Here’s a press release highlighting comments made by members/supporters of the group:

Alanna Truss, a clinical psychologist and parent of a Woodland Middle School and Kenrose Elementary School student, spoke in favor of moving forward ‘Fostering Healthy Solutions’. “For students who may be facing these challenges [discrimination and mental health], knowing that the board sees them as important increases the likelihood they will reach out for support. Our students also need to feel that their schools are prioritizing these issues, that school staff are a safe outlet, and that appropriate action will be taken. We need to equip our school personnel as well as our students to know what to look for and what their role is in responding. ‘See something, say something’ is a great slogan but it only works if individuals know what those ‘somethings’ are and they have confidence that something will be done.

Kate Keese, mother of a high school student in the WCS school system started by thanking the board members and Superintendent Golden for making efforts toward a safe and accountable school experience for all students and encouraged them to implement suggestions made by ‘Fostering Healthy Solutions’. “It seems to me that the work of Fostering Healthy Solutions is like preparing for Thanksgiving dinner. We want to be sure that we have considered everyone because we want everyone to feel welcome and know they have a place. I have taken several courses through my church over the last year and a half, exploring our country’s history and the legacies of that history.  It has been a challenging and illuminating journey. There was much I didn’t know, and much I have yet to learn. At times it has been uncomfortable. We have come to believe we should avoid discomfort, but discomfort is how we grow. And now that I know better, I can do better…Learning our history is a worthwhile journey as it prepares me to set a more inclusive table. Taking the steps outlined in the plan from Fostering Healthy Solutions may be uncomfortable and, we will learn; where to add another chair and how to make a new dish, to welcome another person at the table. Because there is enough. And we always better when more of us are gathered and welcome and know we have a place.”

Lisa Rooney, a WCS parent also spoke in favor of the district’s continuing equity efforts, “Research is clear that students do not reach their full potential when they have concerns about their belonging, which is fundamental to well-being and academic success. Prioritizing belonging benefits all students by leveraging the science of learning. Creating environments where students of all races and backgrounds feel that they belong requires knowledge, skill, and commitment from adults. It takes courage to acknowledge our blind spots and to implement curriculum and policies that reflect and value the lived experiences of diverse students. It takes willingness, ongoing learning opportunities and partnership. It won’t just happen because we are well-intentioned, but it will make our schools better for ALL students. I am here to ask the board to, as a starting point, adopt a universal definition of diversity, equity, and inclusion alongside a strategic plan with clear goals and measurable outcomes so that we can fulfill our mission and ensure all students thrive.”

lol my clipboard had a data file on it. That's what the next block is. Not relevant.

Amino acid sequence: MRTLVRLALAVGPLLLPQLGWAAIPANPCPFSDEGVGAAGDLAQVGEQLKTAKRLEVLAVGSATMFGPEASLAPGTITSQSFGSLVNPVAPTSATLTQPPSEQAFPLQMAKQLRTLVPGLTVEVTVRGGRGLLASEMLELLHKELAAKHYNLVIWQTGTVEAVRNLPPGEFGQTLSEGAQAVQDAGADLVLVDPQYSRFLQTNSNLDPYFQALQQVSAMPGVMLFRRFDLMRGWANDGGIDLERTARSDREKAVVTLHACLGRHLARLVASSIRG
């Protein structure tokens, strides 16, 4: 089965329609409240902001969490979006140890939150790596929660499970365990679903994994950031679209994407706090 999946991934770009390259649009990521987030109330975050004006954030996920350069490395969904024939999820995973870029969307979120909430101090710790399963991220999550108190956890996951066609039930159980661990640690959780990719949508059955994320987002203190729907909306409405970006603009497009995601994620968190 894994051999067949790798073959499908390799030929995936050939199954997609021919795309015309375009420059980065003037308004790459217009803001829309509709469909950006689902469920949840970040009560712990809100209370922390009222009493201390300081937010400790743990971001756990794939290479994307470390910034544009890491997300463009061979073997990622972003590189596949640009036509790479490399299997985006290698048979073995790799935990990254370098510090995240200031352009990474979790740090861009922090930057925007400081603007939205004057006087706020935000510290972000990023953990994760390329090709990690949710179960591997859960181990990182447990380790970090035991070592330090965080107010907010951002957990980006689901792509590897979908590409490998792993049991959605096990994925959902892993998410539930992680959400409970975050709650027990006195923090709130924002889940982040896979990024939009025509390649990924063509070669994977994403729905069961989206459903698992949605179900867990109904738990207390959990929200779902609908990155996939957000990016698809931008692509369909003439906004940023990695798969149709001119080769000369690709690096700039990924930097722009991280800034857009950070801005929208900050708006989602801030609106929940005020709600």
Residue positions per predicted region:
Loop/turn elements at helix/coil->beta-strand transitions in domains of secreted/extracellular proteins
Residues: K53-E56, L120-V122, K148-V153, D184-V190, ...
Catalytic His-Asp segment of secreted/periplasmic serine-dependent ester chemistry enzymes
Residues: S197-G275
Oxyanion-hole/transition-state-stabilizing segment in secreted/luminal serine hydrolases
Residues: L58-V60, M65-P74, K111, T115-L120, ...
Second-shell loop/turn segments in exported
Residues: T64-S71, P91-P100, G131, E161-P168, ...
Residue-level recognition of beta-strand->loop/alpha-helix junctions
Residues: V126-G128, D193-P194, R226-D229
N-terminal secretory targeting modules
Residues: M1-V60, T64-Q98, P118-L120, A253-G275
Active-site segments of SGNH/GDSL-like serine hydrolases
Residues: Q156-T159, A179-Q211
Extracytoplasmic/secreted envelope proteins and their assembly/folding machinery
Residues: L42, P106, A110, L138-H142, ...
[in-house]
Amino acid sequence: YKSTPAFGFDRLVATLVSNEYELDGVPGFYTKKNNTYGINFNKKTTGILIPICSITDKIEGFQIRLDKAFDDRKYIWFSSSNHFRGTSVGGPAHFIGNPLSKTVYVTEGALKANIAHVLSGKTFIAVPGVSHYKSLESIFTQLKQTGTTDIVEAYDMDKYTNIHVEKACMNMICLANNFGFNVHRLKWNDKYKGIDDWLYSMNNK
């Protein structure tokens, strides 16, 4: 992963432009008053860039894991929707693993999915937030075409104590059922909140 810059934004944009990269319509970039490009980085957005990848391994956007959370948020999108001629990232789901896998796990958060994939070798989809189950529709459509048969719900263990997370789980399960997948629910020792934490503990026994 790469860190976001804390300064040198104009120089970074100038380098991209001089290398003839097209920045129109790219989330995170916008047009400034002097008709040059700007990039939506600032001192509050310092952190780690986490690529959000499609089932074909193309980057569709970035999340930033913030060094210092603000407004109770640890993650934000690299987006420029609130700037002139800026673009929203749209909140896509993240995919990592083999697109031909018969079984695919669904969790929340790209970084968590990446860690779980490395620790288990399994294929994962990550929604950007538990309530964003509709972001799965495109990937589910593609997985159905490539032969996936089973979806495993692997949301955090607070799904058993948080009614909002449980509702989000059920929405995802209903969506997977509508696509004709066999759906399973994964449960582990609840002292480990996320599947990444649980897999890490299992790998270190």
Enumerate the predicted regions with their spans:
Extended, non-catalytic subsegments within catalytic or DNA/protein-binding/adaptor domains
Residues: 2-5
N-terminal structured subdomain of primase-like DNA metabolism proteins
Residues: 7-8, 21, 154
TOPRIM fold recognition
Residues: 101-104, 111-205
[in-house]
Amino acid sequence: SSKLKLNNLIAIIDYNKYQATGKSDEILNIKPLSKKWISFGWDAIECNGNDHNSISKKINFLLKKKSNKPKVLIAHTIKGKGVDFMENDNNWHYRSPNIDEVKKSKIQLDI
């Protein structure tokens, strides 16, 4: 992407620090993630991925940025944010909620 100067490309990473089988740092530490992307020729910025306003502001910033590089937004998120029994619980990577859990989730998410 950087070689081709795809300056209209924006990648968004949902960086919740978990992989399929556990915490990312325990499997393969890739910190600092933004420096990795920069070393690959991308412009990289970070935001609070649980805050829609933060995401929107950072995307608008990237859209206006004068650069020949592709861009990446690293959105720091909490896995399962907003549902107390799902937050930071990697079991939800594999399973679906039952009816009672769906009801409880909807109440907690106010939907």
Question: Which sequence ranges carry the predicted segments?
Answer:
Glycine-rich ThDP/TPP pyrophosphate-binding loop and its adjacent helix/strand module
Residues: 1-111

boy running in the hallway
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An Inside Look at Moms for Liberty

One brave and new political blogger takes a closer look at Moms for Liberty in Williamson County.

Here’s more from “Tennessee Politics Guy.”

Moms for Liberty is a (likely astroturfed) group of moms advocating for “parental rights” and “liberty”. Obviously, this is translated to ignoring a public health emergency and pretending racism is not and never was a problem in America. On a *completely* unrelated note, the noted Bircher Paul Skousen (whose father was also a key Bircher ideologue and whose cousin regularly appears on InfoWars) is the first person to appear on the “What Material do We Use” portion of their website.

What I found is something beyond a mere “parents’ interest” group. Unsurprisingly, the first thing the group is, before caring about parents’ rights, quality realistic education or childrens’ safety, is a vector for dangerous misinformation.

READ MORE to see the inner workings of Moms for Liberty

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Lawsuits Stacking Up as Lee’s COVID (Non)Response Makes Matters Worse

Lawsuits from parents in Williamson and Knox counties are challenging Gov. Bill Lee’s executive order allowing opting out of a school district’s mask policy. The suits are similar to a suit from Shelby County parents. In the Shelby County suit, a judge today granted an injunction preventing Lee’s opt-out plan from going forward.

Meghan Mangrum has more on the Williamson County suit in the Tennessean:

The lawsuit, filed Friday in U.S. District Court in Nashville, names the governor, the Williamson County Board of Education and Franklin Special School District as defendants, alleging that the governor’s order “has failed to allow school districts to afford the reasonable accommodation of implementing a universal masking policy that does not contain a voluntary opt-out.”

In addition, the complaint alleges that the defendants’ actions “have pitted children against children, while placing the health and safety of medically vulnerable children with disabilities in danger” — a violation of the Americans with Disabilities Act and Section 504 of the Rehabilitation Act.